The data analysis component of health IT is still developing, said Blum. Don't expect to upload wearable data to Google or Apple's cloud for analysis, he said.

"The vision is the doctor is sitting waiting for all this, and the doctors aren't. They're running around with their hair on fire trying to do what they do right now," Blum said.

Eventually, companies that specialize in handling high-volume data will partner with the medical community to better understand the health care ecosystem and offer analysis applications.

"It's kind of a little naïve to think that a company that's developing new sensor technology [is] also going to have the wherewithal to develop analytics for it," Blum said. "And whether they're going to have the scientific insights and background to know what's relevant and then figure out what should get pushed to the clinician."

Some physicians and software developers may opt to build applications for specific medical conditions that push relevant data to clinicians, Docktor of Boston Children's Hospital said. "I think it's going to be people independently hacking the system," he said.

Google, in particular, will "really make a compelling argument for hacking cool solutions for medical applications." Docktor added that the company already followed this route by making an SDK (software development kit) available for its Glass headset.

Meanwhile, every party involved in health IT realizes that data security "is critically important," said Blum. The challenge is keeping data secure while preserving its "fluidity" so it can be added to larger databases and used to advance medicine.

How, and if, IT companies have to comply with the Health Insurance Portability and Accountability Act (HIPAA), a U.S. government regulation that deals with health data security and privacy and how the information is exchanged, depends on what products they develop.

To avoid having to develop HIPAA-compliant services, IT vendors may make people responsible for managing and sharing their data instead of developing a physician portal, Docktor said.

"I imagine -- and I think it skirts the HIPAA issue -- but if a patient is sending the data directly to their physician it kind of gets around it," he said. "How [data] is transmitted to the physicians and what we do with that data is really in its early days, and I don't know who's going to win there."

In an economy that monetizes private data, companies that collect or handle biometric data could potentially sell it to third parties, said Saxon. This business model raises privacy concerns, even when data is stripped of details that link it to specific individuals, and people may deserve compensation for contributing their information to a database created from wearable device data, she said.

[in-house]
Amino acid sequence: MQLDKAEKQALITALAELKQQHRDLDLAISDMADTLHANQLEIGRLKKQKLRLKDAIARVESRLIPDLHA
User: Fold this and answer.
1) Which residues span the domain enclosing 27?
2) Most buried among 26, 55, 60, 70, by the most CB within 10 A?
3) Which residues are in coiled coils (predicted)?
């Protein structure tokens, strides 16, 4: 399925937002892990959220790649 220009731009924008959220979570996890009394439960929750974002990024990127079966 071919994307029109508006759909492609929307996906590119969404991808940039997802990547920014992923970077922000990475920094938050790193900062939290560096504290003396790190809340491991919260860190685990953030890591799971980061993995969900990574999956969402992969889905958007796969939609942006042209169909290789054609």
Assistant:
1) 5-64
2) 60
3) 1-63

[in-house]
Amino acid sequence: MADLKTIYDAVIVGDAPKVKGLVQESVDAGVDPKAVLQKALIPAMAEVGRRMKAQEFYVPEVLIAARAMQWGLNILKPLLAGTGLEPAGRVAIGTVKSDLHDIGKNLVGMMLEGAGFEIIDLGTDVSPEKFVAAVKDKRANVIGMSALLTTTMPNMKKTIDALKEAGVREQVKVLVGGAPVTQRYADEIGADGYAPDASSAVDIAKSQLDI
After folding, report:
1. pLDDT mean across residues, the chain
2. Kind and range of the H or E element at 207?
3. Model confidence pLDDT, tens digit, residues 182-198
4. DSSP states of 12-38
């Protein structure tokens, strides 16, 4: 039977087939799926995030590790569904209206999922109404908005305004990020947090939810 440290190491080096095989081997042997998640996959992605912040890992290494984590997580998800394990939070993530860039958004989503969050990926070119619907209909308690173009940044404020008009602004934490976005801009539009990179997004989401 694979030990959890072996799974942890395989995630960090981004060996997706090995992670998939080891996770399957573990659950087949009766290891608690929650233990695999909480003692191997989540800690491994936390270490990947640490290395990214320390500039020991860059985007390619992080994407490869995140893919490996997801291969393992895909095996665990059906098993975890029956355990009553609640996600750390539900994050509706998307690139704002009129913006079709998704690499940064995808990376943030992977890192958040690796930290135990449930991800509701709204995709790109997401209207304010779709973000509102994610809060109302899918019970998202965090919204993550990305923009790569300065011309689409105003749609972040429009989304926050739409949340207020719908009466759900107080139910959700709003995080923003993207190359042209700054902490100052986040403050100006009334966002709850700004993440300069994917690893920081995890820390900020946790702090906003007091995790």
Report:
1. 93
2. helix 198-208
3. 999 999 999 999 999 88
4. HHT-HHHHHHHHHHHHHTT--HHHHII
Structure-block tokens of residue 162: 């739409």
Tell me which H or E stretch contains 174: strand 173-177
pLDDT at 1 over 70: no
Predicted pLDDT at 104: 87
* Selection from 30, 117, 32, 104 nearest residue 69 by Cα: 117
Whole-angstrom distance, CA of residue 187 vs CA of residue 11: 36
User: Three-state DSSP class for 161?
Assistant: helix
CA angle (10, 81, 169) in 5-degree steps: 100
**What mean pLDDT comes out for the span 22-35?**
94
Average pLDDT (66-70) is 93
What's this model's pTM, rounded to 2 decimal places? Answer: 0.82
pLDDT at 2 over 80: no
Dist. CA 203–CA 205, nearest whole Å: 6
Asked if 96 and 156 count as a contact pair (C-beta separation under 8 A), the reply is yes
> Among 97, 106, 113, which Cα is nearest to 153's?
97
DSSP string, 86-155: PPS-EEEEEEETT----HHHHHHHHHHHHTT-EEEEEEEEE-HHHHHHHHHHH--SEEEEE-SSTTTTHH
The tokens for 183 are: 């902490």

"Even if they get some kind of service or device for free from Google, at the end of the day if that data is going to be sold should people be compensated? I don't know the answer. But if somebody plans on making money from it then we should be thinking about it," Saxon said.

Of course, finding value in and safeguarding data won't be a problem if people don't start using wearable devices in the first place, or stop using them after a while.

To get people interested in using health-oriented wearables, the devices need to offer data that users can learn from, Saxon said. To do that, the data such devices collect could be integrated with features from other applications so that, for example, a wearable user could get content on what foods to eat to increase blood sugar if it got too low.

Data and device consolidation could also boost the popularity of wearable devices, Saxon said. Instead of uploading data from five sensors to different clouds, people could use one application or device that stores their information in one place.

Ultimately, people want well-designed, reliable consumer products that fit into their lifestyles -- areas that Apple, Samsung and Google specialize in, Blum said.

"Who anticipates Apple developing something that is ugly that no one wants to wear?" Blum said.

The major tech companies have an opportunity to make a big impact on medicine, because if health IT wearable devices really take off, health care won't function the same way.

"We're on the precipice of an absolute sea change of how medicine works," Docktor said. "It's going to open up the window for more preventative care, more remote care and better monitoring of patients outside of the hospital because that's generally where 99.9 percent of their time is hopefully spent."

Fred O'Connor writes about IT careers and health IT for The IDG News Service. Follow Fred on Twitter at @fredjoconnor. Fred's e-mail address is fred_o'connor@idg.com


Copyright © 2014 IDG Communications, Inc.